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My Lords, I remind the House of my interest as master of Pembroke College, Cambridge. I congratulate the noble Lord, Lord Norton, on his choice of subject and on an excellent opening contribution to this extremely good debate. I greatly enjoyed the contribution from the right reverend prelate the Bishop of Chichester in his maiden speech. I trust that we will hear much more from him as part of our discourse in the years to come. I was particularly impressed by his reference to some of his distinguished predecessors. I recall, however, that one of my predecessors as master of Pembroke was Bishop Nicholas Ridley, who was burned at the stake by Queen Mary. I have to observe that I trust this practice will not be revived in current times.
The starting point for our discussions on this subject has to be that our best universities are globally significant institutions. Not many things these days that we do as a country are genuinely world-beating. There is the BBC, our best and greatest museums and galleries, our theatre and our artistic endeavour, but I believe that our best universities head that list. Cambridge, Oxford, Imperial and UCL are consistently in the top 10 universities worldwide; many others are in the top 100. This is because of the robustness of the educational and teaching experience provided to students, and the quality of research undertaken.
However, part of this success is down to the opportunities that we offer for international students to come and study here. The numbers, of course, vary from institution to institution. In Pembroke, 20% of our undergraduates and some 60% of our postgraduates come from abroad. Those opportunities bring a whole range of benefits, as many noble Lords have mentioned in this debate. They bring in essential income for our universities. Especially in STEM subjects, home fees simply do not cover the full cost of providing the education that is offered. Overseas students also bring in essential income for the entire national economy but in many ways there are much more important non-economic arguments.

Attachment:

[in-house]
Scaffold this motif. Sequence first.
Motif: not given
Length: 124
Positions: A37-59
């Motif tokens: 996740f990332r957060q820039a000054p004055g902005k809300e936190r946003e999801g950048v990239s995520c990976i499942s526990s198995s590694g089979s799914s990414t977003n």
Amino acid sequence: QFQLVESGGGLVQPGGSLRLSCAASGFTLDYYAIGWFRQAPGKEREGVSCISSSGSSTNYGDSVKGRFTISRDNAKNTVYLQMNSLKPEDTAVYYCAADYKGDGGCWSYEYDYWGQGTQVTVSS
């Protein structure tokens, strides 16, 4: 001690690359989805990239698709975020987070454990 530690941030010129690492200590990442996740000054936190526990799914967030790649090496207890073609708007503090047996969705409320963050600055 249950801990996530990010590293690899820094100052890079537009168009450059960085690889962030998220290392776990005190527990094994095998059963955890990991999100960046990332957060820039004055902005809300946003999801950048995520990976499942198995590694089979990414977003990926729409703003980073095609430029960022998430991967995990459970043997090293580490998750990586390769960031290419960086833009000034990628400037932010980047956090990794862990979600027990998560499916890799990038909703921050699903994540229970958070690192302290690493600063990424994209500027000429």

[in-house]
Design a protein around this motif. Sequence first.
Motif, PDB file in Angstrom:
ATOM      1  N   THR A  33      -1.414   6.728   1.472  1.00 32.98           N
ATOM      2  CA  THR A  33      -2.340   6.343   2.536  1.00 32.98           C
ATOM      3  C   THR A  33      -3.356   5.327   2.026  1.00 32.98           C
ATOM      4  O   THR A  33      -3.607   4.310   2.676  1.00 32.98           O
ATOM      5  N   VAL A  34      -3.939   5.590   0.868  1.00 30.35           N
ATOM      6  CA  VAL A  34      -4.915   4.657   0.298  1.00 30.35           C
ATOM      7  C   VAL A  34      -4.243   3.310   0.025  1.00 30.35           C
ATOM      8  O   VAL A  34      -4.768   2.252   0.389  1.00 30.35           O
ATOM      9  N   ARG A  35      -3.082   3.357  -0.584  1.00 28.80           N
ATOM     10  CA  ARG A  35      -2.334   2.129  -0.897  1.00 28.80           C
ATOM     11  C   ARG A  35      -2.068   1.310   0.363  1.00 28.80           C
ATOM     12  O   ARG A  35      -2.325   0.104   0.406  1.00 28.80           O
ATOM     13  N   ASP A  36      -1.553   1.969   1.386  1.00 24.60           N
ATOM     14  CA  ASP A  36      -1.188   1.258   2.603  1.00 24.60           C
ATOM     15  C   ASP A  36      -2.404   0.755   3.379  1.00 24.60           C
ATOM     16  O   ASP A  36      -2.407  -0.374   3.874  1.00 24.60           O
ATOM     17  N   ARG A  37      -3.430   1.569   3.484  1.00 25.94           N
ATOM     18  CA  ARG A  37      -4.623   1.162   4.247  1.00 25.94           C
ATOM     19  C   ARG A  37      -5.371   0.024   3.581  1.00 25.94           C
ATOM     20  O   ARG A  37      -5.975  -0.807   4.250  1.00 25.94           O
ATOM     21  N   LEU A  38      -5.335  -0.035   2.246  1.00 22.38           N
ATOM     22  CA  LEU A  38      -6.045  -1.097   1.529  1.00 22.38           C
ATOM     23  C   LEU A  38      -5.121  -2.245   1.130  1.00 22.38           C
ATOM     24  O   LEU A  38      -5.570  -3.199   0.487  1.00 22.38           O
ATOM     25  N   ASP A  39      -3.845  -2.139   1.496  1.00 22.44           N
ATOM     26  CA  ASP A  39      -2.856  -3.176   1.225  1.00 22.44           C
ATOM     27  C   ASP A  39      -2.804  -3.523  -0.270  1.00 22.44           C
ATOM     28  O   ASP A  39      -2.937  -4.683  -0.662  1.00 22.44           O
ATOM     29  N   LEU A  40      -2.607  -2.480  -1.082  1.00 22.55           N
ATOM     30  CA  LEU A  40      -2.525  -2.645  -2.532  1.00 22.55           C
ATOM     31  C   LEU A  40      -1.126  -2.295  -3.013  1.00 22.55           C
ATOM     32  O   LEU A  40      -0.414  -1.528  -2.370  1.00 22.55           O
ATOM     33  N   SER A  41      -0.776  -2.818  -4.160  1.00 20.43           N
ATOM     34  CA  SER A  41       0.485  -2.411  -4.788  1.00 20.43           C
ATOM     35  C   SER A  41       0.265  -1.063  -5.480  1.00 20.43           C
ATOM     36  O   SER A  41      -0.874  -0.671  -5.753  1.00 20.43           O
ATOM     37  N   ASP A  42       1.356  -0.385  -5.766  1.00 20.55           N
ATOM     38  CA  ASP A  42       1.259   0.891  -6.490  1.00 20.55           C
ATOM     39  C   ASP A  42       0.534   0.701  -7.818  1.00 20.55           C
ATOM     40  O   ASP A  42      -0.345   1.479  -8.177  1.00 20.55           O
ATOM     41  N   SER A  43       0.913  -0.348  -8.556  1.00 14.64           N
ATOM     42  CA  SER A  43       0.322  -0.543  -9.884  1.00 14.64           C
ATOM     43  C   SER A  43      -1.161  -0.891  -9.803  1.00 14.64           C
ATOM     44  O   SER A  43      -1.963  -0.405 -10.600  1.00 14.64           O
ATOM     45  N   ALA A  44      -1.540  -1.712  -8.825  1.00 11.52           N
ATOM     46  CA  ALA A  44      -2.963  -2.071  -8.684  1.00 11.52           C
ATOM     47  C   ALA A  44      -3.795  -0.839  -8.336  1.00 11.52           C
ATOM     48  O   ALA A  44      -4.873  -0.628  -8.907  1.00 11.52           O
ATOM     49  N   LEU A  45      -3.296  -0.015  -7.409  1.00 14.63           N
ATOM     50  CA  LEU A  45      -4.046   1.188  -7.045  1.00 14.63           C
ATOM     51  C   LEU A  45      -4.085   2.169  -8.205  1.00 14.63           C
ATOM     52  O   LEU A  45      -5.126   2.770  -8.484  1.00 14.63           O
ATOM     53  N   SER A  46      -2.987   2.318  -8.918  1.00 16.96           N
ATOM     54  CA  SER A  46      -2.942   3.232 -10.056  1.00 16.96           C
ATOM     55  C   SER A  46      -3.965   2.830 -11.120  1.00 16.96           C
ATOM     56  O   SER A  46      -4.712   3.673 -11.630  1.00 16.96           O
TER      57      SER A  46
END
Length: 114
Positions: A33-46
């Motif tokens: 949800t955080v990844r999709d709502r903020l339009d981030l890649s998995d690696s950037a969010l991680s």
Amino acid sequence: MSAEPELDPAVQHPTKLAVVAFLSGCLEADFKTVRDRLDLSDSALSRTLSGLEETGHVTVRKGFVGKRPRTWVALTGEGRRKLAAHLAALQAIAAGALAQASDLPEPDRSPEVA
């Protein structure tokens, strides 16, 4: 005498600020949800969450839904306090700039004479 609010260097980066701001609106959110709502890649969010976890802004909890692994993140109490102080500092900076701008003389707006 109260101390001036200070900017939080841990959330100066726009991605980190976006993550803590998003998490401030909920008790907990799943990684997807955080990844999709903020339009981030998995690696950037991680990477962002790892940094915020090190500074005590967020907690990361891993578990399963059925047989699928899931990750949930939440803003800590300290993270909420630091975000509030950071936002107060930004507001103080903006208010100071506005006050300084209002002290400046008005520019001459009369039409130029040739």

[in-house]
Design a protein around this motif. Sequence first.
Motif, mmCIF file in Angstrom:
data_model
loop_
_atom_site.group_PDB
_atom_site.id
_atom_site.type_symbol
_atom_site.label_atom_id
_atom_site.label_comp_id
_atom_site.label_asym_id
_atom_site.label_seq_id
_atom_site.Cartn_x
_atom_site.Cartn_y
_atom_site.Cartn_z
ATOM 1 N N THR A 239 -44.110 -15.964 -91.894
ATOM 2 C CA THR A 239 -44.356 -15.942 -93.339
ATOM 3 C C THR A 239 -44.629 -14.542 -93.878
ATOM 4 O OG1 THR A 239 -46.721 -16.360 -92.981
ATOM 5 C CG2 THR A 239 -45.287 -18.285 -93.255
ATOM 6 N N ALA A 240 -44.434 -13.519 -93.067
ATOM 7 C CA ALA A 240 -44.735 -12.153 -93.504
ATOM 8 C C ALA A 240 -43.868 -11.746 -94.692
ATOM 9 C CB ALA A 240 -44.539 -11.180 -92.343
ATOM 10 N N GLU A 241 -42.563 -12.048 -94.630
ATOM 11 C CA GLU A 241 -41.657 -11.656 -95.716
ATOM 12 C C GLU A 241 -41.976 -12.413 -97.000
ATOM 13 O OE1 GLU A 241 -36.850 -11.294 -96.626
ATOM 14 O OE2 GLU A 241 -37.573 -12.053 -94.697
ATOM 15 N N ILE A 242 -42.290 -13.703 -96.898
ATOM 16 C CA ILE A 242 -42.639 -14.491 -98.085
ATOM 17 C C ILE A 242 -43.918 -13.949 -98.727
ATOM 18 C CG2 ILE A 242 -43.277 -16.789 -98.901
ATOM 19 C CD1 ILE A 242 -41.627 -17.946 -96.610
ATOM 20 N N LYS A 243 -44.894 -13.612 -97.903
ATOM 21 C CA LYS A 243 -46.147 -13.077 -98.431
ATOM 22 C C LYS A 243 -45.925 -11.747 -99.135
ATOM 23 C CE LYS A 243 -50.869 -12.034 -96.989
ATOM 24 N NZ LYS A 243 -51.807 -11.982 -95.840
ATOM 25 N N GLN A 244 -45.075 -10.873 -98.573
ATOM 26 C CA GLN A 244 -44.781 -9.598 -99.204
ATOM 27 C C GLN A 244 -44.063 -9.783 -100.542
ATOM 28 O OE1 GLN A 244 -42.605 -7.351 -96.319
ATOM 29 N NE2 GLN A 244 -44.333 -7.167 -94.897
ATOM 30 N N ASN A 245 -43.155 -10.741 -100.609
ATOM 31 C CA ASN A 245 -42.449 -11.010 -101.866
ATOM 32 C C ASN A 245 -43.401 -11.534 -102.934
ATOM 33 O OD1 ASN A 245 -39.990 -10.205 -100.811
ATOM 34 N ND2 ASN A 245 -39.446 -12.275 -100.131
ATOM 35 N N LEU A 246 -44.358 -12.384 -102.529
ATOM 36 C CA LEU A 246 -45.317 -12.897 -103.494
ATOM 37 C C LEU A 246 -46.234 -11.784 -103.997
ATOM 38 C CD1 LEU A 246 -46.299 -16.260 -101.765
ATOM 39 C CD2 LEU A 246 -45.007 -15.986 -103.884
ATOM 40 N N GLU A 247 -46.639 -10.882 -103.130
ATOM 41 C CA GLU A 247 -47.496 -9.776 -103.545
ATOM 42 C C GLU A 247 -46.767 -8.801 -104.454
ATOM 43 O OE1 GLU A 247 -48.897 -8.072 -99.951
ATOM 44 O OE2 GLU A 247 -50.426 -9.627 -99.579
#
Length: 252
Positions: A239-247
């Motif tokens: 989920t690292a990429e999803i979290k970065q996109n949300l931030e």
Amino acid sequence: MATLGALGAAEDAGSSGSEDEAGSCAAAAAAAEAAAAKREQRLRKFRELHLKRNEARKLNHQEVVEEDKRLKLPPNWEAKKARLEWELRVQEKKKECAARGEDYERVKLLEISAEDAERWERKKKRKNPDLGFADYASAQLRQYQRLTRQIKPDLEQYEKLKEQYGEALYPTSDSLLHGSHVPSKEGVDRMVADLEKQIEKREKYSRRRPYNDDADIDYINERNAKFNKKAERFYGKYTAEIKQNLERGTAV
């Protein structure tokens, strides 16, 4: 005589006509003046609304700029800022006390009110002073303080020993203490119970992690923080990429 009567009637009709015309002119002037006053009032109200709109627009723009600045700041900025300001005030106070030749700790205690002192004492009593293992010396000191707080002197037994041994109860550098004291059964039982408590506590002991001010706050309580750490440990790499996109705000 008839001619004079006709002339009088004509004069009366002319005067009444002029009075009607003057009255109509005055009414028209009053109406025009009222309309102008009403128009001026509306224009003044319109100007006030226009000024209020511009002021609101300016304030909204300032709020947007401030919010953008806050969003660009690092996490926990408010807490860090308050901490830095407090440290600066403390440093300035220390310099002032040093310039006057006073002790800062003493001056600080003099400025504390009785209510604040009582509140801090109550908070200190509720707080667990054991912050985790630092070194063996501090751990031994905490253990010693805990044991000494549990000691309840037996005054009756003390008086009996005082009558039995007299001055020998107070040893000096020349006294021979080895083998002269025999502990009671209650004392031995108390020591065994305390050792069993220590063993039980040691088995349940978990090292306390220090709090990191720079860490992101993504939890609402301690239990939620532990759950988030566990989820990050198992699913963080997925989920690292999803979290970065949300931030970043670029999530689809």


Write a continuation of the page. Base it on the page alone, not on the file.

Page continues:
First, attracting the best and brightest students from wherever they come, including from across the world, enhances the sense of aspiration that each cohort of students has; it means that they wish to learn even more strongly than they might otherwise do. Secondly, the social, cultural and educational benefit from mixing with fellow students from a wide variety of backgrounds is enormous. Our students learn about other cultures and other life experiences. They develop a better understanding of the wider world because of the contact that they have with international students. Thirdly, as has been mentioned many times, the soft power impact of the experience gained by international students while here is something that they carry with them for the rest of their lives. They go on to run countries, businesses and organisations. Over the last 40 years, I have met leaders from around the world who had experience here as international students and feel positively about the UK as a result. Fourthly, many of the big issues that we face now are global in nature: climate change; migration; global health; and the effectiveness of development policies. These things cannot and should not be studied in isolation. They are things where international engagement is essential if we are to understand and resolve some of these problems effectively.